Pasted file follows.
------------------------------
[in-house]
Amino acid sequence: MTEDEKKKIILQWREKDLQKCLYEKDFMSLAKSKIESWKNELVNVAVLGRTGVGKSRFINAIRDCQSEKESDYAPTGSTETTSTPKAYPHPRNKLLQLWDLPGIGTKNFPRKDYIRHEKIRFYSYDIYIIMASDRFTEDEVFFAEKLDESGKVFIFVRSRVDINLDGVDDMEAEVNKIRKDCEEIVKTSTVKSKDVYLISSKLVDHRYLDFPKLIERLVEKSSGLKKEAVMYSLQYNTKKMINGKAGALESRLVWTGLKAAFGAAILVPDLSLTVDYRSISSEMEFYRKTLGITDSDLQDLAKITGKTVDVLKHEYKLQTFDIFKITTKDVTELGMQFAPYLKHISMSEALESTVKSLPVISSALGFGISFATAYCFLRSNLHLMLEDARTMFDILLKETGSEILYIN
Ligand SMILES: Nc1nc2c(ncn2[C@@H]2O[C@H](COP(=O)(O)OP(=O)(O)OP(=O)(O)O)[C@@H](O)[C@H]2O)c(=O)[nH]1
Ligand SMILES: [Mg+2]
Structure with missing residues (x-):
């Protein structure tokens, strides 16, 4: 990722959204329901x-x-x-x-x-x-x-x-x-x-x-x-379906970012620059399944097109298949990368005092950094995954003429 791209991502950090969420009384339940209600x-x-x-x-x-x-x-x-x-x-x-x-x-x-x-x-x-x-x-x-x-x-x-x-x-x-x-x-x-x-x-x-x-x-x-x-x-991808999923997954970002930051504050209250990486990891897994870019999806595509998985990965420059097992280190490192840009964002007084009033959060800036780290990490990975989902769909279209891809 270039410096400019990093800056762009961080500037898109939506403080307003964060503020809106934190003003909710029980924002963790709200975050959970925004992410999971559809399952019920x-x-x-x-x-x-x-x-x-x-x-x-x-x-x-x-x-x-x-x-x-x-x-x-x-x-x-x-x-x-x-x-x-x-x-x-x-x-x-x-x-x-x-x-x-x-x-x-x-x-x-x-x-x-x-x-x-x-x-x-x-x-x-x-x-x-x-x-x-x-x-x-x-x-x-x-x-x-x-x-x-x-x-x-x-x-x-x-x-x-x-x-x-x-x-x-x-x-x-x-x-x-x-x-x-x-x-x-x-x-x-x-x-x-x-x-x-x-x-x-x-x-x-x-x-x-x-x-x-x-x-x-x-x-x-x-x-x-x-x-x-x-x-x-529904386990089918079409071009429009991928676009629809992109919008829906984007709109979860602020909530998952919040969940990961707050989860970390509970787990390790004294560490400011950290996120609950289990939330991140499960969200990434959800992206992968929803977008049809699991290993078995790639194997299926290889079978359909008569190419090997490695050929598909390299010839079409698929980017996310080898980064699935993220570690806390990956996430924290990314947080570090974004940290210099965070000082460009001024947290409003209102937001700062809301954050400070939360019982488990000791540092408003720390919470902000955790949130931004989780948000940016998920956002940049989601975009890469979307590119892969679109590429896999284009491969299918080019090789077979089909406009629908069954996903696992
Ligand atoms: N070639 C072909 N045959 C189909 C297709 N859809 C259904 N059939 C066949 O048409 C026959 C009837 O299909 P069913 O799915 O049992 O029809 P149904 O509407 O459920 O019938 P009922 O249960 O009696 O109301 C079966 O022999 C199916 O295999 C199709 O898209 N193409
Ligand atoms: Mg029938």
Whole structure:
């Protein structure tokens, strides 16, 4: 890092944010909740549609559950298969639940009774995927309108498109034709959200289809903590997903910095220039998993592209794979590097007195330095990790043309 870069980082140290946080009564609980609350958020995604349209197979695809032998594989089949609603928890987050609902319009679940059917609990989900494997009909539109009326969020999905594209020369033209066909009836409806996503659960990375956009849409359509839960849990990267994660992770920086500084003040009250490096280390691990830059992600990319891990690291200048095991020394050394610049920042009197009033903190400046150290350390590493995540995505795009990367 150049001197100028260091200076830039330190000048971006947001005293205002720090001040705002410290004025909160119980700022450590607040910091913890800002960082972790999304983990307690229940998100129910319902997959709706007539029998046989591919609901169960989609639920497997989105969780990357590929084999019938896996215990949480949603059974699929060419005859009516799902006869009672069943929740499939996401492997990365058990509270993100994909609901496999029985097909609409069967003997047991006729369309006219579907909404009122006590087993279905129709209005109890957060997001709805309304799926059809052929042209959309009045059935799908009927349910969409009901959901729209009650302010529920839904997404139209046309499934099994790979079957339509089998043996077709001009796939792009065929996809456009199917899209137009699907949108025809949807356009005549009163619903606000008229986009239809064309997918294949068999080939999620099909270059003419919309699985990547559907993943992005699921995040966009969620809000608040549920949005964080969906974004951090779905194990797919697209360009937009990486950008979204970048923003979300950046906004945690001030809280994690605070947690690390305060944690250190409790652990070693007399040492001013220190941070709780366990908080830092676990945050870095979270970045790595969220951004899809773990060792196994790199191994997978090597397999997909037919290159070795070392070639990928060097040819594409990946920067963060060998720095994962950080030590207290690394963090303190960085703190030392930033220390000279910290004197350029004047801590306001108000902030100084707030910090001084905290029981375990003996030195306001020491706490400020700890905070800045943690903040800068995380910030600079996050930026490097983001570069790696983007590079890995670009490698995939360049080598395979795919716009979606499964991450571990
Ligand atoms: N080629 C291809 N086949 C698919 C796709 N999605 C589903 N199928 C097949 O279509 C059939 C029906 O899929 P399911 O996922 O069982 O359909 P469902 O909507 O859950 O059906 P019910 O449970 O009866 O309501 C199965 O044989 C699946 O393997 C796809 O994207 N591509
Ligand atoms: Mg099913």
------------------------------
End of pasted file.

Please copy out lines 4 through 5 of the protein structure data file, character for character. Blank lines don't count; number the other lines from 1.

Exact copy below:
Ligand SMILES: [Mg+2]
Structure with missing residues (x-):